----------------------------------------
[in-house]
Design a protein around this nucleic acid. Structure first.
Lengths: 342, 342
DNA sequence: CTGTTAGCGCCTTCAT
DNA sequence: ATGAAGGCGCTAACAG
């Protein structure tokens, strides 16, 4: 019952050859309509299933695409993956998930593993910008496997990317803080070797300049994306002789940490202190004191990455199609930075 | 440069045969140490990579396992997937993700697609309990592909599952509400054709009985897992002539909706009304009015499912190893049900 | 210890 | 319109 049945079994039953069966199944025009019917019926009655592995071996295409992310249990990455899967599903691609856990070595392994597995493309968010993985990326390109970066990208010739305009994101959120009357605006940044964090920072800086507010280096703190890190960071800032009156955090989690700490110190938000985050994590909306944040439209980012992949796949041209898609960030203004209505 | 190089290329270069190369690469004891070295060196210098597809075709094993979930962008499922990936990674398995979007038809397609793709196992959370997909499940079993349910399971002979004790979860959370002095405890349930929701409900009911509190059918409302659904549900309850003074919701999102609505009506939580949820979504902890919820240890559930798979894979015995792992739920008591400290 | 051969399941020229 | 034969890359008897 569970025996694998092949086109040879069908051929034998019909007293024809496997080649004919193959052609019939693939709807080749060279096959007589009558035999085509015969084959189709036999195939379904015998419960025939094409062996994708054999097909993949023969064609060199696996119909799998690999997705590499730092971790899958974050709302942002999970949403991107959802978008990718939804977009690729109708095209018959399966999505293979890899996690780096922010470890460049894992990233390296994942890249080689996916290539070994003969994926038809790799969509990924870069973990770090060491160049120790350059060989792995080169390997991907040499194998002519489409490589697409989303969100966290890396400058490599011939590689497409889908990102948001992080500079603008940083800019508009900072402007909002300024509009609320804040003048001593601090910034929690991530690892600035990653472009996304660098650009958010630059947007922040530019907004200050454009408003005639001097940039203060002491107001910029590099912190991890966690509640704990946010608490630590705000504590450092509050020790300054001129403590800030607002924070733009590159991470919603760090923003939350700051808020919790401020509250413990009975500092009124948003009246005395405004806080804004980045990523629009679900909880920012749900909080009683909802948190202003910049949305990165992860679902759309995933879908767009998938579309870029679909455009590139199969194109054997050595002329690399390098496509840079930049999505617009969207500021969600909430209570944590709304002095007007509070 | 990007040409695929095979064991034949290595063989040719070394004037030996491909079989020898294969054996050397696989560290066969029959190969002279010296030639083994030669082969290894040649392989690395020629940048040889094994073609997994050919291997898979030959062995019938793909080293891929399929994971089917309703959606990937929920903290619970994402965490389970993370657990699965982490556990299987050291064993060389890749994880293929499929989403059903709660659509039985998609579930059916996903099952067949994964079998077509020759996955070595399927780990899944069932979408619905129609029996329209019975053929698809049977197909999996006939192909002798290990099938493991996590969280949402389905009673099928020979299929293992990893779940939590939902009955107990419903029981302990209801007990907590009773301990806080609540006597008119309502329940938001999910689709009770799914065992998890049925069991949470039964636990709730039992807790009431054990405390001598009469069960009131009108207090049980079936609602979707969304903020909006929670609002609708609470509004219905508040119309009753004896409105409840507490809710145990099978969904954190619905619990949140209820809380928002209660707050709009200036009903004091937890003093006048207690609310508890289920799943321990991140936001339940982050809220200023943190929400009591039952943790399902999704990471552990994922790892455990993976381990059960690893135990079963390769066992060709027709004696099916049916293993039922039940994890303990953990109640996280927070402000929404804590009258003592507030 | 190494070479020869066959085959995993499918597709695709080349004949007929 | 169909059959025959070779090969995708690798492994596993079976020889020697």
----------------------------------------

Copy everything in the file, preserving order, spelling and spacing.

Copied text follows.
[in-house]
Design a protein around this nucleic acid. Structure first.
Lengths: 342, 342
DNA sequence: CTGTTAGCGCCTTCAT
DNA sequence: ATGAAGGCGCTAACAG
């Protein structure tokens, strides 16, 4: 019952050859309509299933695409993956998930593993910008496997990317803080070797300049994306002789940490202190004191990455199609930075 | 440069045969140490990579396992997937993700697609309990592909599952509400054709009985897992002539909706009304009015499912190893049900 | 210890 | 319109 049945079994039953069966199944025009019917019926009655592995071996295409992310249990990455899967599903691609856990070595392994597995493309968010993985990326390109970066990208010739305009994101959120009357605006940044964090920072800086507010280096703190890190960071800032009156955090989690700490110190938000985050994590909306944040439209980012992949796949041209898609960030203004209505 | 190089290329270069190369690469004891070295060196210098597809075709094993979930962008499922990936990674398995979007038809397609793709196992959370997909499940079993349910399971002979004790979860959370002095405890349930929701409900009911509190059918409302659904549900309850003074919701999102609505009506939580949820979504902890919820240890559930798979894979015995792992739920008591400290 | 051969399941020229 | 034969890359008897 569970025996694998092949086109040879069908051929034998019909007293024809496997080649004919193959052609019939693939709807080749060279096959007589009558035999085509015969084959189709036999195939379904015998419960025939094409062996994708054999097909993949023969064609060199696996119909799998690999997705590499730092971790899958974050709302942002999970949403991107959802978008990718939804977009690729109708095209018959399966999505293979890899996690780096922010470890460049894992990233390296994942890249080689996916290539070994003969994926038809790799969509990924870069973990770090060491160049120790350059060989792995080169390997991907040499194998002519489409490589697409989303969100966290890396400058490599011939590689497409889908990102948001992080500079603008940083800019508009900072402007909002300024509009609320804040003048001593601090910034929690991530690892600035990653472009996304660098650009958010630059947007922040530019907004200050454009408003005639001097940039203060002491107001910029590099912190991890966690509640704990946010608490630590705000504590450092509050020790300054001129403590800030607002924070733009590159991470919603760090923003939350700051808020919790401020509250413990009975500092009124948003009246005395405004806080804004980045990523629009679900909880920012749900909080009683909802948190202003910049949305990165992860679902759309995933879908767009998938579309870029679909455009590139199969194109054997050595002329690399390098496509840079930049999505617009969207500021969600909430209570944590709304002095007007509070 | 990007040409695929095979064991034949290595063989040719070394004037030996491909079989020898294969054996050397696989560290066969029959190969002279010296030639083994030669082969290894040649392989690395020629940048040889094994073609997994050919291997898979030959062995019938793909080293891929399929994971089917309703959606990937929920903290619970994402965490389970993370657990699965982490556990299987050291064993060389890749994880293929499929989403059903709660659509039985998609579930059916996903099952067949994964079998077509020759996955070595399927780990899944069932979408619905129609029996329209019975053929698809049977197909999996006939192909002798290990099938493991996590969280949402389905009673099928020979299929293992990893779940939590939902009955107990419903029981302990209801007990907590009773301990806080609540006597008119309502329940938001999910689709009770799914065992998890049925069991949470039964636990709730039992807790009431054990405390001598009469069960009131009108207090049980079936609602979707969304903020909006929670609002609708609470509004219905508040119309009753004896409105409840507490809710145990099978969904954190619905619990949140209820809380928002209660707050709009200036009903004091937890003093006048207690609310508890289920799943321990991140936001339940982050809220200023943190929400009591039952943790399902999704990471552990994922790892455990993976381990059960690893135990079963390769066992060709027709004696099916049916293993039922039940994890303990953990109640996280927070402000929404804590009258003592507030 | 190494070479020869066959085959995993499918597709695709080349004949007929 | 169909059959025959070779090969995708690798492994596993079976020889020697």